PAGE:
lifting charge is an amount of energetic pyrotechnic substance which is placed under an aerial shell, comet, star etc. to propell and lift it into the air. Black powder is employed for this purpose. It is not used in powder form, but as granules to provide a high amount of force in a short period of time. Corning and ricing are two common techniques to granulate black powder for use as a lifting charge.
Ricing Start by mixing 3-5% dextrin in your meal powder and slightly wetting the mixture. Push it through a metal sifter to create larger grains of lift powder. The powder from the granulation should be as close to grains as possible, if the powder is string-like you have added too much water. However if the powder does not form grains you have added too little water.
Corning Take your meal powder and wet the composition with roughly 5% of it's weight with water. Mix thoroughly and place into a die and compress with a hydraulic press until you form a solid cake. The idea is to give the black powder a density of 1.7 g/cc. Allow this to dry in the sun for a few days. Next you need to take the cake and break it up in a mortar and pestle or similar. This can be a dangerous operation and should be done in small amounts. You should use a full face shield, hair cover and heavy gloves. You can then screen by particle size into different sized categories for your intended purpose.
The only real way to find out how much of a certain kind of lift powder should be used, is to make a dummy shell having the same weight, size and shape as the shell being launched. Then the amount is upped or downed by trial and error. However, as a starting point, a rule of thumb is to use one ounce of 2FA black powder for every pound of shell weight up to 10 lbs, and 1/2 oz of lift for each pound in excess of 10 lbs. The larger the shell is, the more factors such as mortar length, shell length and shell clearance come into play. If a shell is light compared to the size (like a patern shell where fewer stars are used), a larger amount of lift should be used, and thus the rule of thumb will not apply for this type of shell.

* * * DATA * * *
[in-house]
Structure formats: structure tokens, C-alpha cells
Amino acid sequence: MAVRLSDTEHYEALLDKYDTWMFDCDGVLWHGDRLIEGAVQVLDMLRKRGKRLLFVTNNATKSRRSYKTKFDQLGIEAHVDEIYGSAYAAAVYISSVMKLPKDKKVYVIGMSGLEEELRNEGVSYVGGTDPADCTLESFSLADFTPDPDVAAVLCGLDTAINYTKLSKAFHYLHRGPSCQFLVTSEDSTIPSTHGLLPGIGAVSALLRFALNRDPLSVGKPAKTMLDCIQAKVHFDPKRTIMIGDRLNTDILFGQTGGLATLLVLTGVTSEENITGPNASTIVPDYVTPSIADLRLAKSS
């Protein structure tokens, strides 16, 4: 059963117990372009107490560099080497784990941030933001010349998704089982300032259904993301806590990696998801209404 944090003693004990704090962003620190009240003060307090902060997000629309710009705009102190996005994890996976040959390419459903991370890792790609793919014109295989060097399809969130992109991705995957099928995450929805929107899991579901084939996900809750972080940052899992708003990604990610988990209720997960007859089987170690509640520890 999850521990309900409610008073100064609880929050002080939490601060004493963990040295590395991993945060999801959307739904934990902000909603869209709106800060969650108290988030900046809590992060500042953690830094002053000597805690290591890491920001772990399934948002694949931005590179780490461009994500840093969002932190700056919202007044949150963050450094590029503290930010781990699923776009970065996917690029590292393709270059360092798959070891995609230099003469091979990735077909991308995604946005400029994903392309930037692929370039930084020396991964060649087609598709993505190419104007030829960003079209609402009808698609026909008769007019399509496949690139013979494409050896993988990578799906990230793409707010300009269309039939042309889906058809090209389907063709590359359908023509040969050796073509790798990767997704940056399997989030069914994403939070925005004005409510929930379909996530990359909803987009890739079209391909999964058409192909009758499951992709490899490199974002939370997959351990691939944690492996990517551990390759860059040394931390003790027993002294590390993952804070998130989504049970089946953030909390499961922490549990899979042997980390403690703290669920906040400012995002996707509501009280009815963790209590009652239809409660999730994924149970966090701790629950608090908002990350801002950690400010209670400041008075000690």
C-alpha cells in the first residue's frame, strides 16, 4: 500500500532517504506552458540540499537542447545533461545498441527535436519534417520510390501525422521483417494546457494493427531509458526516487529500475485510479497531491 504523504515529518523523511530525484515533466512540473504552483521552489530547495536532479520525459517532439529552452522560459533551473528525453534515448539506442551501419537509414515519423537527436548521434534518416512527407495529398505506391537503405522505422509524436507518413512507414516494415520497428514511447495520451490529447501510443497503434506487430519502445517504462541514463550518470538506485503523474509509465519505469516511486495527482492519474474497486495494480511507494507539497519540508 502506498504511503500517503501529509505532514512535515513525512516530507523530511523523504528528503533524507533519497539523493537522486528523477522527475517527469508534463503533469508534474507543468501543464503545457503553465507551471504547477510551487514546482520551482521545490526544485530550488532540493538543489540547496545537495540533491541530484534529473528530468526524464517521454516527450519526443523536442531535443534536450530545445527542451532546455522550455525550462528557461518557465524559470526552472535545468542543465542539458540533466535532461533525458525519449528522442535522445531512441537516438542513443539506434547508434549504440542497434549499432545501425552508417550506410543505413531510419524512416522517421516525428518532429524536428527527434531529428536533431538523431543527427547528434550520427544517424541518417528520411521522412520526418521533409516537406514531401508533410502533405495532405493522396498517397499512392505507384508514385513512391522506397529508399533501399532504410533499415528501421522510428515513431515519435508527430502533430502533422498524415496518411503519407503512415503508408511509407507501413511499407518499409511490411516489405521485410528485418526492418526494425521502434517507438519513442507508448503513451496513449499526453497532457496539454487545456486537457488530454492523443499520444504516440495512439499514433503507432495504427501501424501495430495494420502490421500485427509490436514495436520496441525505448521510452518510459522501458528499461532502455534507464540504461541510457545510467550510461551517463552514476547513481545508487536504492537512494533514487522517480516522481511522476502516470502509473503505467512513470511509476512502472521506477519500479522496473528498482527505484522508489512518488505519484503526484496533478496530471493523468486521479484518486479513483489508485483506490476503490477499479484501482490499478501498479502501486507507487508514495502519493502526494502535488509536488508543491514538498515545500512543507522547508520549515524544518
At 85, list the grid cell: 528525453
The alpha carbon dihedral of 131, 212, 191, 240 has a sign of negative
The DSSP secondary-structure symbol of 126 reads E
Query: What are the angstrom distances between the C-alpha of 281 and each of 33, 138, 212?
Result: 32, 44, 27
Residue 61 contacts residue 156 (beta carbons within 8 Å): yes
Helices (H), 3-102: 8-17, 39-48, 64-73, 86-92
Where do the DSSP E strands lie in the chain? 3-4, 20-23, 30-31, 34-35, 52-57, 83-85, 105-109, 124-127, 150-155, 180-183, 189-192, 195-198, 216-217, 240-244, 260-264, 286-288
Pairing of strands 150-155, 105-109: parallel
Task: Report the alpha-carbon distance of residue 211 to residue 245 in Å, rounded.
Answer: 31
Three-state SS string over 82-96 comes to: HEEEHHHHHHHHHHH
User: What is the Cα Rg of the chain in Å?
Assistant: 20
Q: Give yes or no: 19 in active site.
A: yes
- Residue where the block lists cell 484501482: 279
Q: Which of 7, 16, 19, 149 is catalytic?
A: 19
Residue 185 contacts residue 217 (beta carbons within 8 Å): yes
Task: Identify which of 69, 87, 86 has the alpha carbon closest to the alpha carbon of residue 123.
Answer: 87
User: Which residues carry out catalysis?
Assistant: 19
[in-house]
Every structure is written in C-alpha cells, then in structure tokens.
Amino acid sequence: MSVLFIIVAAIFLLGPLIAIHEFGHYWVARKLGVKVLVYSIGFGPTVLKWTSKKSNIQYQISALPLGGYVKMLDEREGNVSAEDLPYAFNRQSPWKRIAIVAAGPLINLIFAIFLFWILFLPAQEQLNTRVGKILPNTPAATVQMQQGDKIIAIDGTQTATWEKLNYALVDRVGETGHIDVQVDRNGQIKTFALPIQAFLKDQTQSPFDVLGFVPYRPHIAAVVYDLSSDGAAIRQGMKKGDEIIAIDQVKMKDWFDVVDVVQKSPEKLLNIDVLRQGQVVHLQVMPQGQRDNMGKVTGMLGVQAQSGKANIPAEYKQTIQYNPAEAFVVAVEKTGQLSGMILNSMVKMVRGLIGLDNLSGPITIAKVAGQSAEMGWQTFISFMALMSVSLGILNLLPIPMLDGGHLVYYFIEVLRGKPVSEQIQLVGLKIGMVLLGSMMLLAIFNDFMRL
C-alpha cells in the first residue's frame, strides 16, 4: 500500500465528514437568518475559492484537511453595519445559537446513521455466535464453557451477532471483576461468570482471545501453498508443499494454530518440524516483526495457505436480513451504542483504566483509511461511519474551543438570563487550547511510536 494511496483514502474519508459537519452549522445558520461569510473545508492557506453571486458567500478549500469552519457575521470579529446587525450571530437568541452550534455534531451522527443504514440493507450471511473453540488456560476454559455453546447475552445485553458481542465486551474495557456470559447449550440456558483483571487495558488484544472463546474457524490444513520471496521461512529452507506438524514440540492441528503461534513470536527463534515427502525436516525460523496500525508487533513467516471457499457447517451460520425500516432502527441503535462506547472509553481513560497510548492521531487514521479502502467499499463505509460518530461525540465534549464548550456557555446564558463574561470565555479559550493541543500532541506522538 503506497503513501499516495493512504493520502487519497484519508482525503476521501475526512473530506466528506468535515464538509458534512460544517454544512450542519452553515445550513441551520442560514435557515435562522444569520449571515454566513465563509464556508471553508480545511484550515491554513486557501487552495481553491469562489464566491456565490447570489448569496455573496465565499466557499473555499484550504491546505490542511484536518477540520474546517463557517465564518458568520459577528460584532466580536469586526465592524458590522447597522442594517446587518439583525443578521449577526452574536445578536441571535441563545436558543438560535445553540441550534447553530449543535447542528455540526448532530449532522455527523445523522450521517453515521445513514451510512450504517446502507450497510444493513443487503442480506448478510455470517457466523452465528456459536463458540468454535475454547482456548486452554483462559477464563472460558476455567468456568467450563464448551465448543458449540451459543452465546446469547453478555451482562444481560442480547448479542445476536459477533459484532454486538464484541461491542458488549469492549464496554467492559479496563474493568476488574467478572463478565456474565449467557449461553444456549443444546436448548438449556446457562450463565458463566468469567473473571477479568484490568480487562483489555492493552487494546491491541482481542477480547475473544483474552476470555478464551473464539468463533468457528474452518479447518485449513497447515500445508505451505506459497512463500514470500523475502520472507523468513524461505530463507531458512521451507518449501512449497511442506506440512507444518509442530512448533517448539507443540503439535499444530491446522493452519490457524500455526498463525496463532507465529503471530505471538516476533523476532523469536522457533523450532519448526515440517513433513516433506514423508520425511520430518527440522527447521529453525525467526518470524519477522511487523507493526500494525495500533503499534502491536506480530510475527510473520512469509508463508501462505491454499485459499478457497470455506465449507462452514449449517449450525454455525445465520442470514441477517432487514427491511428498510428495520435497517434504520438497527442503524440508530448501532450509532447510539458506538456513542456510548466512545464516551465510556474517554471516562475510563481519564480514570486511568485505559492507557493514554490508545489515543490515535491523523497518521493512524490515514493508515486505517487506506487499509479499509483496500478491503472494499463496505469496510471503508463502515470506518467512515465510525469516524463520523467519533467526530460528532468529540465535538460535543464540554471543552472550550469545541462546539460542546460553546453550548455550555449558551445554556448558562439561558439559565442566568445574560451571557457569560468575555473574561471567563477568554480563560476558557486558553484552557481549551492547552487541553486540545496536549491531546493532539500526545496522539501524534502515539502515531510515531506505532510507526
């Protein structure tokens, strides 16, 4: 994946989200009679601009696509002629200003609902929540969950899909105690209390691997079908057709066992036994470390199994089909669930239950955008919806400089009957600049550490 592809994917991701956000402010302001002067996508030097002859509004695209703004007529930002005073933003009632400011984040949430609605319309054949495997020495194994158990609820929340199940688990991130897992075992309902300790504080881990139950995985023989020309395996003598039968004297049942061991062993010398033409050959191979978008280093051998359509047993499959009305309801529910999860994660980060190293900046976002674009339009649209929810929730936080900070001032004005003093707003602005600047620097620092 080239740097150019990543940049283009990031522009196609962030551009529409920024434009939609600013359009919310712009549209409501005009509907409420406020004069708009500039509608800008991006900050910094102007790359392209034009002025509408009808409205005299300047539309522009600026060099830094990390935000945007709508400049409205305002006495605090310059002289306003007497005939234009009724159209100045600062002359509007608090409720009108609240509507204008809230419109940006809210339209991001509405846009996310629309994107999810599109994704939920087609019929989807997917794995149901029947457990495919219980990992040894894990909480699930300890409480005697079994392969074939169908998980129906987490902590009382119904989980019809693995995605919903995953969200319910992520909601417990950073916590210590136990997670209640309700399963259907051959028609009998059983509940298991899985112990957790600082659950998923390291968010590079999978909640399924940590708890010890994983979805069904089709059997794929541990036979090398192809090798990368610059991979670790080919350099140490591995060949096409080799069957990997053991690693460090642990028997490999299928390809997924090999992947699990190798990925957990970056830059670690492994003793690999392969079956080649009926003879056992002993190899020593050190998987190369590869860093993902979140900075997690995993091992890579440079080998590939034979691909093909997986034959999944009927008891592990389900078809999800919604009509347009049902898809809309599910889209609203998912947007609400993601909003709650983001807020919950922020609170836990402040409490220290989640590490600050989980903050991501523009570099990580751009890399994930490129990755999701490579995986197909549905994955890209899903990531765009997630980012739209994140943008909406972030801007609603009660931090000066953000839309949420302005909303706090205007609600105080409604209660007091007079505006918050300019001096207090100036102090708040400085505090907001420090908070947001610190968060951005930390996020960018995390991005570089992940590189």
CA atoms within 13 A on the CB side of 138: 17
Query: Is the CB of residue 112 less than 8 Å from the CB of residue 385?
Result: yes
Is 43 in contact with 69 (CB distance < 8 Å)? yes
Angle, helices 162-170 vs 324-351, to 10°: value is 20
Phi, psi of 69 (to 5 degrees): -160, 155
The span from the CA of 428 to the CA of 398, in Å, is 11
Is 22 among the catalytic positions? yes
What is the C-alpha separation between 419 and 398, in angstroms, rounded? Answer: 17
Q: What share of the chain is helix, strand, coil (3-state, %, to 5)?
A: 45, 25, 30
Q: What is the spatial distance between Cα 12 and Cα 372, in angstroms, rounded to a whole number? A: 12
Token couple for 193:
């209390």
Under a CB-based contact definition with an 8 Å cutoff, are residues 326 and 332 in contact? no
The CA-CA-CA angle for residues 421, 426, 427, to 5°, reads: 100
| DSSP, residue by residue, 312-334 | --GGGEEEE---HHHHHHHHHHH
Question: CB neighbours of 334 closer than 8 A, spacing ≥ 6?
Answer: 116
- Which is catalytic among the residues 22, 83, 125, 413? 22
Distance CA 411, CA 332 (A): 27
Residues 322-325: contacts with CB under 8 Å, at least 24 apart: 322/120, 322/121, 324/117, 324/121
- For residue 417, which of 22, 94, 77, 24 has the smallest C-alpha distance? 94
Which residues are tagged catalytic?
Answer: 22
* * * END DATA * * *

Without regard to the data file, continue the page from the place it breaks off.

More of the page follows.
For small shells, like those under 3", the generally accepted amount of lift powder is 1/10 the weight of the aerial shell being fired. For example, a 60 gram shell would require 6 grams of lift powder. If you want more altitude on your shell, simply add a little more lift powder, but be sure not to add too much... Too much would most likely end with a flowerpot... Retrieved from "http://www.pyroguide.com/index.php?title=Lift_charge